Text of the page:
The recent endorsement by the government of Canada of the United Nations Declaration on the Rights of Indigenous Peoples (UNDRIP) has given rise to questions about how it will impact resource projects and indigenous groups. Canada’s statement of support represents a policy changes; the government voted against the declaration in 2007 and had maintained a stance of non-support until now. The endorsement seems to imply that any project that impacts indigenous people in Canada is now required to seek free, prior and informed consent (FPIC) – an element contained within several of the Declaration’s articles. But some indigenous groups and government critics point to the non-binding nature of the UNDRIP and worry that without regulatory amendments to back up the policy shift, the FPIC aspects of the UNDRIP will not be required or enforced for Canadian projects. On the other hand, government supporters and some industry stakeholders are concerned that if FPIC does become a requirement as a result of endorsing UNDRIP it will unreasonably increase project costs, because seeking consent could cause delays in project operations and require additional resources to negotiate with indigenous peoples.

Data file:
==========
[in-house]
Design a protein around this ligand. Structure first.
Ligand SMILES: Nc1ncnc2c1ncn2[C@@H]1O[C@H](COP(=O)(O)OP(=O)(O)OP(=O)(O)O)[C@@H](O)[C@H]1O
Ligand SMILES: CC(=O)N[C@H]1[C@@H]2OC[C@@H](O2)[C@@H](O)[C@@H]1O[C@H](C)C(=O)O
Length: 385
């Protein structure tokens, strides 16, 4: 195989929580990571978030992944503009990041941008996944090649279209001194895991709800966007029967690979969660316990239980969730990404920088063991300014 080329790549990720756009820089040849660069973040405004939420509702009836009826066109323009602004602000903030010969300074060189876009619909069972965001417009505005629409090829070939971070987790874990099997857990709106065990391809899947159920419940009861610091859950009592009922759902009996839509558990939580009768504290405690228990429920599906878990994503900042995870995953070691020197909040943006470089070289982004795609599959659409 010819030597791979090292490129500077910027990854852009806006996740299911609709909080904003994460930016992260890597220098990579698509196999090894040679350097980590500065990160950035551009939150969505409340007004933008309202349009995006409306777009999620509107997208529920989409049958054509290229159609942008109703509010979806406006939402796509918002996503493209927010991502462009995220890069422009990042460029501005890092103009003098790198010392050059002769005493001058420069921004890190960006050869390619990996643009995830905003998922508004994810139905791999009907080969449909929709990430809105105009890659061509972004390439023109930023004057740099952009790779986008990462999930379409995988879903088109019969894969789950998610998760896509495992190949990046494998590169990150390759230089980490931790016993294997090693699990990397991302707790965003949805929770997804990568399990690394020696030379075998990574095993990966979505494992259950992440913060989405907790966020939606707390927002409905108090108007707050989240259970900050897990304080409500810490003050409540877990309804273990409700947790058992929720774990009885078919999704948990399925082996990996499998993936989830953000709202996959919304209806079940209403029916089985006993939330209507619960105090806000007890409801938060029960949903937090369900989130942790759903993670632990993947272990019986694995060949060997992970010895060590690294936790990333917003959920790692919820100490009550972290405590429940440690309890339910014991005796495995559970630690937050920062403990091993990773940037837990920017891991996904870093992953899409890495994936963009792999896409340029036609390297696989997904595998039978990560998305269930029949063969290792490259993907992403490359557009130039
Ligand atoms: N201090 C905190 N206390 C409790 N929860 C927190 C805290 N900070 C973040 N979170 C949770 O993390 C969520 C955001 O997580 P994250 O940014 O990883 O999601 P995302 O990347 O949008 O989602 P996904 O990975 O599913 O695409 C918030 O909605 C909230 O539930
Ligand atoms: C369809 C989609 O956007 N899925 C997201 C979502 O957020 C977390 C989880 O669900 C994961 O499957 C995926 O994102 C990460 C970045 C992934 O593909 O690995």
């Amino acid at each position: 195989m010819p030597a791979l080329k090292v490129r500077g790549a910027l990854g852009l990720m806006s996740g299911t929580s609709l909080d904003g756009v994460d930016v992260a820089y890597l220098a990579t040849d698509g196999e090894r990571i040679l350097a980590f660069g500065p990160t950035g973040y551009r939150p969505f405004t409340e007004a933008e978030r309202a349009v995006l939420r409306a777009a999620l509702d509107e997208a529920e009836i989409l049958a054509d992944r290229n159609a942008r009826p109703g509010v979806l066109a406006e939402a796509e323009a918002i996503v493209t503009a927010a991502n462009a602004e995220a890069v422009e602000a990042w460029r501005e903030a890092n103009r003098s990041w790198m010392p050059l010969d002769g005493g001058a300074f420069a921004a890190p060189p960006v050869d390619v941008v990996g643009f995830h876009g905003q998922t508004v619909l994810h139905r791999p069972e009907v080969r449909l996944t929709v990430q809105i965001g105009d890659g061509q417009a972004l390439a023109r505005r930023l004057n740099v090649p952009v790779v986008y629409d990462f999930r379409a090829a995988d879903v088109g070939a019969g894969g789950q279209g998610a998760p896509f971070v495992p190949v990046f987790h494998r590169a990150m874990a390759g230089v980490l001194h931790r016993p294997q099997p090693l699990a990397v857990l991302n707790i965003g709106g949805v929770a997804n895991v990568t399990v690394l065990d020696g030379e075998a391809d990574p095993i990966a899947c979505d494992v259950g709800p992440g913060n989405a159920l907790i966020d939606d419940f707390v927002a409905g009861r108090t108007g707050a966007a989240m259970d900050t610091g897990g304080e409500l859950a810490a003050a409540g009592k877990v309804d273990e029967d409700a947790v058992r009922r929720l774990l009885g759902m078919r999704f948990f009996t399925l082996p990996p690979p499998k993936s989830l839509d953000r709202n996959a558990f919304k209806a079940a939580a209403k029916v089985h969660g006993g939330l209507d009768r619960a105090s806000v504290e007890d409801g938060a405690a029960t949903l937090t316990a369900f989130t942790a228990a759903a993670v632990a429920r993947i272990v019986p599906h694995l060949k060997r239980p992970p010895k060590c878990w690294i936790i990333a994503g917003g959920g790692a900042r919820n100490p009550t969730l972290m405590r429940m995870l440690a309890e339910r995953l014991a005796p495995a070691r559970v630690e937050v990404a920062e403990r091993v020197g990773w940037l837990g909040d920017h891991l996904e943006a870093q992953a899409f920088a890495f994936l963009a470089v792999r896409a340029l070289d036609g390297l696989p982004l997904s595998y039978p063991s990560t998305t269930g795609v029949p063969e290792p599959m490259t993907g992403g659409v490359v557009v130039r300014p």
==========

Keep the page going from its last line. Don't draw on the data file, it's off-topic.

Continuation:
How FPIC is interpreted, applied and enforced can alter a project’s financial commitments, construction timeframes or even its existence in the long term. Understanding different interpretations of FPIC in the extractive industry is important for stakeholders. This short analysis summarizes the history of the term and highlights some of the divergent interpretations of where and when FPIC should be sought, by whom, and what it looks like in practical terms.
Read the whole FPIC article.